Otoniya Juliane Okot Bitek is an Acholi poet. Her collection 100 Days, a book of poetry that reflects on the meaning of memory two decades after the Rwanda genocide, was nominated for several prizes including the BC Book Prize, the Pat Lowther Award, the Alberta Book Awards and the Canadian Authors Award for Poetry. It won the IndieFab Book of the Year Award for poetry and the Glenna Luschei Prize for African Poetry. “What makes this collection such a pleasure to read,” says a Huffington Post review, “is that it’s laced with moments of such grace that you have to pause and re-read the lines again in order to reflect upon each phrase….a masterpiece of uncommon splendour and Juliane Okot Bitek is a virtuoso performing at the height of her powers.” Otoniya’s poem “Migration: Salt Stories” was shortlisted for the National Magazine Awards for Poetry, and “Gauntlet” was longlisted for the CBC Poetry Prize.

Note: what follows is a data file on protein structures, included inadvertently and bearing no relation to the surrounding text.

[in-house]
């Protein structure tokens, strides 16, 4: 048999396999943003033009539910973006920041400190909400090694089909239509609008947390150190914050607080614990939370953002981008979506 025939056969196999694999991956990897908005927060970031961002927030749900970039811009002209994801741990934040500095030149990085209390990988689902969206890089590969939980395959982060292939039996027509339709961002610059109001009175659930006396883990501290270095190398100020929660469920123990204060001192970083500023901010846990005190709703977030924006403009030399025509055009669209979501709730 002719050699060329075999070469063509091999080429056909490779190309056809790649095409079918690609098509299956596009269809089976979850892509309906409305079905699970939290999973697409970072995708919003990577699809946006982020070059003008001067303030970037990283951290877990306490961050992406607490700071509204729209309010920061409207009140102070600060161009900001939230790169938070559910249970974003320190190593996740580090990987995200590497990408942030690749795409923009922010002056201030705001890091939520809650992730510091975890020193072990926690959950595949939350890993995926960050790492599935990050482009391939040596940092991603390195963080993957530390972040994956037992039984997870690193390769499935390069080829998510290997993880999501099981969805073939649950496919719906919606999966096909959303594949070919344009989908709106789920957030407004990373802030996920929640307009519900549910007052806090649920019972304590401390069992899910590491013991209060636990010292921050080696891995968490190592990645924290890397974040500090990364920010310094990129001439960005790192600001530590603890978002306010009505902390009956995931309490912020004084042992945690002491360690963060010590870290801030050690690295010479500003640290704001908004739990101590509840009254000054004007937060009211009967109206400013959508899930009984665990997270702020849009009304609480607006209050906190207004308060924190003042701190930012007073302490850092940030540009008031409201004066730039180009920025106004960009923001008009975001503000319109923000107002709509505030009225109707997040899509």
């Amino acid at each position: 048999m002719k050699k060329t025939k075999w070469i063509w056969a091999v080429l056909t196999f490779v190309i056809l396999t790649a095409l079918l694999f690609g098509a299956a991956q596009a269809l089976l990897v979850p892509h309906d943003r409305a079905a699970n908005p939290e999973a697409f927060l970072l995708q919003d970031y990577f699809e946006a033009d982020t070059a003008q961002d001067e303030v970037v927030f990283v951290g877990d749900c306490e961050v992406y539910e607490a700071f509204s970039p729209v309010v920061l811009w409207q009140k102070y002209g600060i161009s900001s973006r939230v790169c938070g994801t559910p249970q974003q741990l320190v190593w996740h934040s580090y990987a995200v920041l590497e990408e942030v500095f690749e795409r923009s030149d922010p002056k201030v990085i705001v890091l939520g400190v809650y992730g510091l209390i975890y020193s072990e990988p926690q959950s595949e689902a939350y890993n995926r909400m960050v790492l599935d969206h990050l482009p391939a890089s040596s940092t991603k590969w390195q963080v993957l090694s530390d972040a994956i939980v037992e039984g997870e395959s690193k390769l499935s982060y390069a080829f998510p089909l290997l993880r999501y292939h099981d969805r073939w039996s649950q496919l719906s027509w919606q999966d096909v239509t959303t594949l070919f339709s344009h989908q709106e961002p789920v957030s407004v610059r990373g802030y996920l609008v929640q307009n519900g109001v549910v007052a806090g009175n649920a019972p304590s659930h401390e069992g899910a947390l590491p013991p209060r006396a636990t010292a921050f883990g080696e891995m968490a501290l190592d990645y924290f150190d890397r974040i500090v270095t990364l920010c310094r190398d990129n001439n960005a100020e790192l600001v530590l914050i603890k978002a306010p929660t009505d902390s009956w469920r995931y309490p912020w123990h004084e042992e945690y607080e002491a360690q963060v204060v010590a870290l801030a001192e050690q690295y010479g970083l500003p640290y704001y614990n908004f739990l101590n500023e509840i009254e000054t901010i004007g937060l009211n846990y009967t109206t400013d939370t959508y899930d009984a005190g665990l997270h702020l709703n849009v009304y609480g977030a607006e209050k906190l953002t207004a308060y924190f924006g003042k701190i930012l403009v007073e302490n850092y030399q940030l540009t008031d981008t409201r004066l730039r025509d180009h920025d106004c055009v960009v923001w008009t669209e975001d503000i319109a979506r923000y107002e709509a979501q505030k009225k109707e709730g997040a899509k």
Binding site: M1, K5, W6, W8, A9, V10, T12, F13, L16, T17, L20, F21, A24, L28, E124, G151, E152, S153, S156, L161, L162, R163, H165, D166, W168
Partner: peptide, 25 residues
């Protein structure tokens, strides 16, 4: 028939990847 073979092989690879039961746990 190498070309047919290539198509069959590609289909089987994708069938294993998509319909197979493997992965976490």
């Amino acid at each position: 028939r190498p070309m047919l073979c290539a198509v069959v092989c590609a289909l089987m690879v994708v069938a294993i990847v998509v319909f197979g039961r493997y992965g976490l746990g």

Her work has been published widely in publications such as Event, The Capilano Review, Room, and Arc, and anthologized in Love Me True: Writers Reflect on the Ups, Downs, Ins & Outs of Marriage, and Transition: Writing Black Canadas, amongst others. Her newest poetry collection, Song and Dread, offers COVID meditations rife with the paradoxical forces of boredom and intensity. The poems remind us of community, connectedness, and the ways the strange can become normalized when there is no other option. Otoniya holds an MA in English, a BFA in Creative Writing, and a PhD in Interdisciplinary Studies from UBC. She has been a Poetry Ambassador for the City of Vancouver, the Ellen and Warren Tallman Writer-in-Residence in the English Department at Simon Fraser University, and a Jack and Doris Shadbolt Fellow. She is currently an assistant professor of Black Creativity, English, and Creative Writing at Queen’s University.
Otoniya’s appearance is supported by Author Patron Judith Brown.
Appearing in 22. The Black Experience in Kingston